A 15-minute interactive lesson with Prof. Forest Reinhardt

Exchange Rates' Impact on Business

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In this lesson, you'll learn about exchange rates—the value of one country's currency in relation to another. You'll explore the difference between real versus nominal exchange rates, forces that drive those rates to change, and the impact currencies can have on international businesses through real examples from leaders at a multinational conglomerate, ski resort, and grocery store chain.
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Section 3 of 15
Trading debt based on differences in interest rates between countries is not an academic abstraction. While living in India, Anand Mahindra, chairman of multinational conglomerate Mahindra Group, financed a building in New York using a loan in Israel.
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Section 5 of 15

Thinking about real versus nominal exchange rates can be tricky. Let’s try an example and make sure we can do this.

You work for a company that makes high-grade tires for airplanes, and you import your rubber from a supplier in Thailand. Let’s say that prices in your home country are stable, meaning there’s been no inflation. But, inflation has been 10 percent in Thailand. Meanwhile, the Thai baht has depreciated by five percent against your home currency in nominal terms.

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Has the rubber you’re purchasing become more expensive or cheaper?

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Section 7 of 15

If you guessed that the rubber would be more expensive, you're correct! Prices have gone up by 10 percent, but the change in the nominal exchange rate has only reduced prices by five percent. The net increase in prices for you is five percent. This represents an increase in the real exchange rate.

Now, let's imagine that you're Ellen Guidera and operate a ski resort in Chile. Most of your costs are in pesos in Chile. But most of your guests come from outside the country. If you price in pesos, you can match your revenues to your costs and eliminate currency risk—you only have to worry about filling your resort. Yet, if you do this, your customers take on all of the currency risk. Alternatively, you could price in dollars or some other currency. In that instance, you take on the risk, but your customers have certainty about the price they're paying.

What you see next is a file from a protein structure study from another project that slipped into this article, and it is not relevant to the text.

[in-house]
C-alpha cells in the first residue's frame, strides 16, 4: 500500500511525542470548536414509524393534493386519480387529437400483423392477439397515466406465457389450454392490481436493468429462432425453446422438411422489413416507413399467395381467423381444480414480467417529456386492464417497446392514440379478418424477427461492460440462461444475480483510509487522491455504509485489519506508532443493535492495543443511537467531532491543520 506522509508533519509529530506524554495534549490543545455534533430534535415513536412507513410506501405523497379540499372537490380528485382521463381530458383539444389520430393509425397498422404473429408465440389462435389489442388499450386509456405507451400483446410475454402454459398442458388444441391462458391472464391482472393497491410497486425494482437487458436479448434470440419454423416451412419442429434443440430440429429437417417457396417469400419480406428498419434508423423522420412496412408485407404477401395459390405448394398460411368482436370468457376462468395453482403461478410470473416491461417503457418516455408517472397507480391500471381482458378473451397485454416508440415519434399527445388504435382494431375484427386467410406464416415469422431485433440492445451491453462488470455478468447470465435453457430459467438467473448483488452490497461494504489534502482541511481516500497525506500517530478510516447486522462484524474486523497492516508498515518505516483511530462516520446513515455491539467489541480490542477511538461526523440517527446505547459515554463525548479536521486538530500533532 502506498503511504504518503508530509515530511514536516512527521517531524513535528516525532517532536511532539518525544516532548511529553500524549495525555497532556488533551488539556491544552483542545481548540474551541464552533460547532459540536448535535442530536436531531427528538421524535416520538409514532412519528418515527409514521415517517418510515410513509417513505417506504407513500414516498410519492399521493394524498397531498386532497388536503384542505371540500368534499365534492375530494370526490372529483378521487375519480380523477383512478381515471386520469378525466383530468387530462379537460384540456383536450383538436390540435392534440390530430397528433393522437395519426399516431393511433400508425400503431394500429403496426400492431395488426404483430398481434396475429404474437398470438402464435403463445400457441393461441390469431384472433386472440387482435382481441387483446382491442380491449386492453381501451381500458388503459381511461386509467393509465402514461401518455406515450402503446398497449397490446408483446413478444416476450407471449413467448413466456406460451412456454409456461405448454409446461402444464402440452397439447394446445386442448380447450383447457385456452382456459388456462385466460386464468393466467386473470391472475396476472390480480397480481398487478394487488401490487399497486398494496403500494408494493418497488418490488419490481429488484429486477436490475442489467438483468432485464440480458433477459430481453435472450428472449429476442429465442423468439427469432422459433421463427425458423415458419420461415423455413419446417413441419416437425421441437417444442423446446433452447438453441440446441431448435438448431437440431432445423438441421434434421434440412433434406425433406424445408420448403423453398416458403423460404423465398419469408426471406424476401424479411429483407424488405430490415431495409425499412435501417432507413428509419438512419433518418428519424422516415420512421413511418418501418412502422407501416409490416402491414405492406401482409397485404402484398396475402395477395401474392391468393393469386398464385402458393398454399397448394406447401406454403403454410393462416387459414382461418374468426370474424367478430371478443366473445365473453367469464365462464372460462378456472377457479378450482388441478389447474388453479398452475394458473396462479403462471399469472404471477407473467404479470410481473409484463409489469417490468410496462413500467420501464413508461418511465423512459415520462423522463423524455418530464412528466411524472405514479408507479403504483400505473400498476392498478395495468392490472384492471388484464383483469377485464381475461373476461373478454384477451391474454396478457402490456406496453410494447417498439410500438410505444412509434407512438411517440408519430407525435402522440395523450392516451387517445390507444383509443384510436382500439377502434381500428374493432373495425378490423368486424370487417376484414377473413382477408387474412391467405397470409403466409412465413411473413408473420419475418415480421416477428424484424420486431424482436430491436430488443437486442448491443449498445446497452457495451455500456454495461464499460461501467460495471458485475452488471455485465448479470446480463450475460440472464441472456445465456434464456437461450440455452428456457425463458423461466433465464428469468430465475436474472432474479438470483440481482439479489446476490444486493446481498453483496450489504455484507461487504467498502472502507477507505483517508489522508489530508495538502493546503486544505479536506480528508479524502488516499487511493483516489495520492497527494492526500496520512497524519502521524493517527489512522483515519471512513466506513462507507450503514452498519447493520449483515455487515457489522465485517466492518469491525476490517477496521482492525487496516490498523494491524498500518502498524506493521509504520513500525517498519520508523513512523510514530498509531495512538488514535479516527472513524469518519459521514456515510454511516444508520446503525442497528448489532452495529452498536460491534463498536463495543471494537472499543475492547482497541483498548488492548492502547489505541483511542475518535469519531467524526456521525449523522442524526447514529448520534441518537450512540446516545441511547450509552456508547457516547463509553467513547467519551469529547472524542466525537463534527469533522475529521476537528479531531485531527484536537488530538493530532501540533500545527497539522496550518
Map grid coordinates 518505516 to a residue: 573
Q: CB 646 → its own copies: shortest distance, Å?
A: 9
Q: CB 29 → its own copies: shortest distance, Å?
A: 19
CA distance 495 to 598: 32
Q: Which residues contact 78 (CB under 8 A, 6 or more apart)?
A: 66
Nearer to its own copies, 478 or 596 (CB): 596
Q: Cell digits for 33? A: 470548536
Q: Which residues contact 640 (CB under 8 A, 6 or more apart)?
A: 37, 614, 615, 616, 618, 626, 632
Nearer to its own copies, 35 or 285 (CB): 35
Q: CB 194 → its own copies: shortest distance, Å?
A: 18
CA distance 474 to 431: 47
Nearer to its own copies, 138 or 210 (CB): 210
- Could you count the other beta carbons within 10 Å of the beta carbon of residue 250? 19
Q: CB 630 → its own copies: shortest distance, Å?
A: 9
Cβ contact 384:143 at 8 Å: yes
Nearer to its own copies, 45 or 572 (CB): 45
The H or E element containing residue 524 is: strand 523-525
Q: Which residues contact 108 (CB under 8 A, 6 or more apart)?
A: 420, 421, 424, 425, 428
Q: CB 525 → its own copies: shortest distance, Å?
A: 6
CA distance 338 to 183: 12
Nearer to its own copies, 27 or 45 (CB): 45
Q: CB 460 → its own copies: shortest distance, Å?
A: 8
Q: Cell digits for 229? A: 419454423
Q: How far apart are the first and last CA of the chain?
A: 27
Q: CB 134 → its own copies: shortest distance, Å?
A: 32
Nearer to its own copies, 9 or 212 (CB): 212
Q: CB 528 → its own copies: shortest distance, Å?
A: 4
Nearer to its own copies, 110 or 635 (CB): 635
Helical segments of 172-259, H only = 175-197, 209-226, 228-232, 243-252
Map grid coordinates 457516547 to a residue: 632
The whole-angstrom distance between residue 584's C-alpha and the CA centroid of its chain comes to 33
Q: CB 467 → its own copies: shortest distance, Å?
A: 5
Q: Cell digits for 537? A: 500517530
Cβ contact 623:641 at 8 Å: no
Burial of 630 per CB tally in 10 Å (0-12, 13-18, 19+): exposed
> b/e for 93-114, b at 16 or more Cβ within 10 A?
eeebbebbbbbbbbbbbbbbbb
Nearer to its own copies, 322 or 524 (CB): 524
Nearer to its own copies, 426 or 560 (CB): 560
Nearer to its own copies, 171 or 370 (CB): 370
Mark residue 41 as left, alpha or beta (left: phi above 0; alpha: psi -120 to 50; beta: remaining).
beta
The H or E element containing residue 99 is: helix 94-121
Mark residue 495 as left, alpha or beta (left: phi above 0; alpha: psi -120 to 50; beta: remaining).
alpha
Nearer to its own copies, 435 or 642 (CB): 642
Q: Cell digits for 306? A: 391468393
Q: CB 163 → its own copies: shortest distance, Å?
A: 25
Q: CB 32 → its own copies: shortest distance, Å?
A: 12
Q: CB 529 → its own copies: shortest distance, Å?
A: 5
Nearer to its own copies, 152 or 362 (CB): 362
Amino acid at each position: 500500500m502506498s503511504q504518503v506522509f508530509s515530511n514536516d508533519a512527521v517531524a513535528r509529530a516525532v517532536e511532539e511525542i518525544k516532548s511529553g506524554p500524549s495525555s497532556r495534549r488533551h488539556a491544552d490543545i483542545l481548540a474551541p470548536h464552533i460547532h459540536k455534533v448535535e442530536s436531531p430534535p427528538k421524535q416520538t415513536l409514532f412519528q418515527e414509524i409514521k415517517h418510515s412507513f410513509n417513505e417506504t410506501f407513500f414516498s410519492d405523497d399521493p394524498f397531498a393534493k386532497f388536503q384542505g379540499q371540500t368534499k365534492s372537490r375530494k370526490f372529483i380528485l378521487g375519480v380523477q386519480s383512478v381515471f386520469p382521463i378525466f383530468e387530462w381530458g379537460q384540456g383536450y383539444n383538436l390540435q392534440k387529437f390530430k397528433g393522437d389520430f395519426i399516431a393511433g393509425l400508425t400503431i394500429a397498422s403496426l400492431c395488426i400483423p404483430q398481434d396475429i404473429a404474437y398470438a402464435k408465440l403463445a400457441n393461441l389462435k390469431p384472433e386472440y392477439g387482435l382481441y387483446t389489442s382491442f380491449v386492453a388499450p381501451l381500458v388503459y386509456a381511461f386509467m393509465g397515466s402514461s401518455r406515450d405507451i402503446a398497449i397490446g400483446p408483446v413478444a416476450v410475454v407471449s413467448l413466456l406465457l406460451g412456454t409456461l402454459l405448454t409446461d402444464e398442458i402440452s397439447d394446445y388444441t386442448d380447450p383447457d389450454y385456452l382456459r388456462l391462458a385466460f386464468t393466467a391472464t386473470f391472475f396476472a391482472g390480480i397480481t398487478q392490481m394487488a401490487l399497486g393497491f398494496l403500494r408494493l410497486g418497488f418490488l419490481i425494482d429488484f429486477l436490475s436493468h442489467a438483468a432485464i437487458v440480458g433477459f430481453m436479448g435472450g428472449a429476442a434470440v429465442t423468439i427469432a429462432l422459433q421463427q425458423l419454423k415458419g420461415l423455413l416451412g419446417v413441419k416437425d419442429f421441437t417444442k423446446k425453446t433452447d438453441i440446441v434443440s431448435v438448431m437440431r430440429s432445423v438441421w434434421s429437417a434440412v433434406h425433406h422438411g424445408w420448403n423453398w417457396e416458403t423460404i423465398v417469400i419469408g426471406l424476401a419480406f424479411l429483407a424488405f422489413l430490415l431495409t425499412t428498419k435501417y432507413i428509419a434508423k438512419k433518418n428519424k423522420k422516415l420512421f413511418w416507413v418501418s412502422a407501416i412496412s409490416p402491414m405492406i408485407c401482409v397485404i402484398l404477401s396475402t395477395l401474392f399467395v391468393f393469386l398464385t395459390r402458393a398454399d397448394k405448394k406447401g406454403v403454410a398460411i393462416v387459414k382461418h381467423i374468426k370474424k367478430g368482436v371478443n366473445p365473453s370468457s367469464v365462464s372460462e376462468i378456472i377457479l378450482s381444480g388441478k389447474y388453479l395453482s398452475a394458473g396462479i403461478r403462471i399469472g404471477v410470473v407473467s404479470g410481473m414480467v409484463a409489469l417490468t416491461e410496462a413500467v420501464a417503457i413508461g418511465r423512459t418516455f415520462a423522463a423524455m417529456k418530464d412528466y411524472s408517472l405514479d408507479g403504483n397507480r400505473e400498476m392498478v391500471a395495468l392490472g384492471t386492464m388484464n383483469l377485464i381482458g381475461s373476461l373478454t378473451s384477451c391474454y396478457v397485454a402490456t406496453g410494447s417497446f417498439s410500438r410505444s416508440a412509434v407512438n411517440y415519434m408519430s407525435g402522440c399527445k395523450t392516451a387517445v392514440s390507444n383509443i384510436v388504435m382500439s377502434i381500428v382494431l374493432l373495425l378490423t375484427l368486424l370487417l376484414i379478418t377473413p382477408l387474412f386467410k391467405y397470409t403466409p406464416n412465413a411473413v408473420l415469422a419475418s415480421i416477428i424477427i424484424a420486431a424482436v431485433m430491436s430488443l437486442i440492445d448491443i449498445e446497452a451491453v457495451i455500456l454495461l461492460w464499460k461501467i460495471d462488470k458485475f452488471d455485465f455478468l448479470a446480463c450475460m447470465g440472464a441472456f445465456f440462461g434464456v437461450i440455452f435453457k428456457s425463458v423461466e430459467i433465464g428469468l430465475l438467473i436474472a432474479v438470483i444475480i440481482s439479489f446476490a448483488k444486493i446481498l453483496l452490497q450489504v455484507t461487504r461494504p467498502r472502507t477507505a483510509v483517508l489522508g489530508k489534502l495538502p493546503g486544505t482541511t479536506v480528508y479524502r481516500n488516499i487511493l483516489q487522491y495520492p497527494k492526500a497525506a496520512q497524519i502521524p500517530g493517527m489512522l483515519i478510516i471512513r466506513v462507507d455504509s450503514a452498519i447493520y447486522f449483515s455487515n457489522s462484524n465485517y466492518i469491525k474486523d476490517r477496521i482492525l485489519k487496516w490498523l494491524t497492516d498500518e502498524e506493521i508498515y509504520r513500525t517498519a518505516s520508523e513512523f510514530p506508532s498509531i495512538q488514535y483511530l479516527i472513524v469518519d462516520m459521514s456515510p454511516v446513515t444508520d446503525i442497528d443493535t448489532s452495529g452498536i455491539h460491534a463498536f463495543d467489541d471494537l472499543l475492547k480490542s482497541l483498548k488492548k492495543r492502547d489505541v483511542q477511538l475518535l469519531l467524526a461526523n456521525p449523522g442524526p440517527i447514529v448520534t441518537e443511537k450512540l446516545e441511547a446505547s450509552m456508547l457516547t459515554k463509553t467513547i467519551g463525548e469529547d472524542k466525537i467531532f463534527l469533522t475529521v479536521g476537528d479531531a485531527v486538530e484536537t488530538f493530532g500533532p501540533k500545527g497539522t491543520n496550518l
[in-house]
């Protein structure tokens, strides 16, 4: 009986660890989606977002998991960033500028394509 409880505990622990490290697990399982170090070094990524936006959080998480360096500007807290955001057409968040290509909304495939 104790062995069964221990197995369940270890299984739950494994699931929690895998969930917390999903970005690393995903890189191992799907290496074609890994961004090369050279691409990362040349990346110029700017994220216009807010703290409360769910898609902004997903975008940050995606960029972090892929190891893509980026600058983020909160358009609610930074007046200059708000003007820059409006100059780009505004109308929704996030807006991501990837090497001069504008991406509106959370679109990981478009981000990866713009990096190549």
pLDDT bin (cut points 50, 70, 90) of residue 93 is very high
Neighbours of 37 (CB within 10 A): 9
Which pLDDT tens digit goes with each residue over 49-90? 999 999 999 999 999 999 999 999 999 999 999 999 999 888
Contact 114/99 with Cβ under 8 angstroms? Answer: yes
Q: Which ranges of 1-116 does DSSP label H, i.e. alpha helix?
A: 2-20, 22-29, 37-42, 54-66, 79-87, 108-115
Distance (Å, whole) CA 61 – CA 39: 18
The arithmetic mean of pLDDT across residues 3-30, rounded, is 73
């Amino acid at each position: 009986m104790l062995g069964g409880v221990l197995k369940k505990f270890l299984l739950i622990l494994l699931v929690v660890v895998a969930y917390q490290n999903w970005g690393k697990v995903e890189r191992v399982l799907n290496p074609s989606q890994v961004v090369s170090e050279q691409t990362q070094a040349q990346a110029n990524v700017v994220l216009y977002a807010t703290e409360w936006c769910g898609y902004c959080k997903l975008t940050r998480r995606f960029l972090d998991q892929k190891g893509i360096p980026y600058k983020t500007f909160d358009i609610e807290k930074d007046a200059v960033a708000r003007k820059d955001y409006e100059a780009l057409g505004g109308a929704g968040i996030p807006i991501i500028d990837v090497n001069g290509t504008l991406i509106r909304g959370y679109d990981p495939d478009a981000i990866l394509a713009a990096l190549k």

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Which would you do?

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Why did you choose to price in pesos or in dollars?

Peer responses

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I think it is desirable for business owners to think of the customer first. And the dollar is always more stable than the peso.

Wonjae, Korea

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I am risk-averse so would not want to take on the risk myself. Additionally, if I price in USD my non-American clients still take on some currency risk.

Kyle, Canada

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I'd prefer to match my own revenues to my costs and eliminate the currency risk. It really depends though how much demand I have too. If I'm needing to attract and convert more business then I may opt to price in dollars so customers are more appreciative/attracted to stay.

Jerod, United States

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I chose dollars to alleviate my customers of their risk, as I want them to relax and feel happy as my valued guests. Also, USD is a very stable and reliable currency, so I have no issues with accepting USD, as long as I manage my budget carefully to cover all my pesos costs, which I should be doing regardless.

Klara, Taiwan

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Because you provide service in Chile, it would be natural for customers, regardless of domestic or international, to pay in local currency.

Sakura, Japan

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Section 11 of 15
Suppose instead that you’re Craig Boyan and operate retail grocery stores in the United States and Mexico. Your costs are in US dollars, but the customers in your Mexican stores will pay in pesos, and—unlike Ellen—you can’t just convince them to pay in dollars. If the dollar gets stronger, you’ll be facing increasing costs and decreasing revenue.
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Would you increase prices in Mexico to balance that?

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Section 14 of 15
There are several factors to consider when determining how to charge your customers. Even a small exchange rate change can dramatically impact your business. It’s vital to understand what the implications are so you can effectively manage risk.
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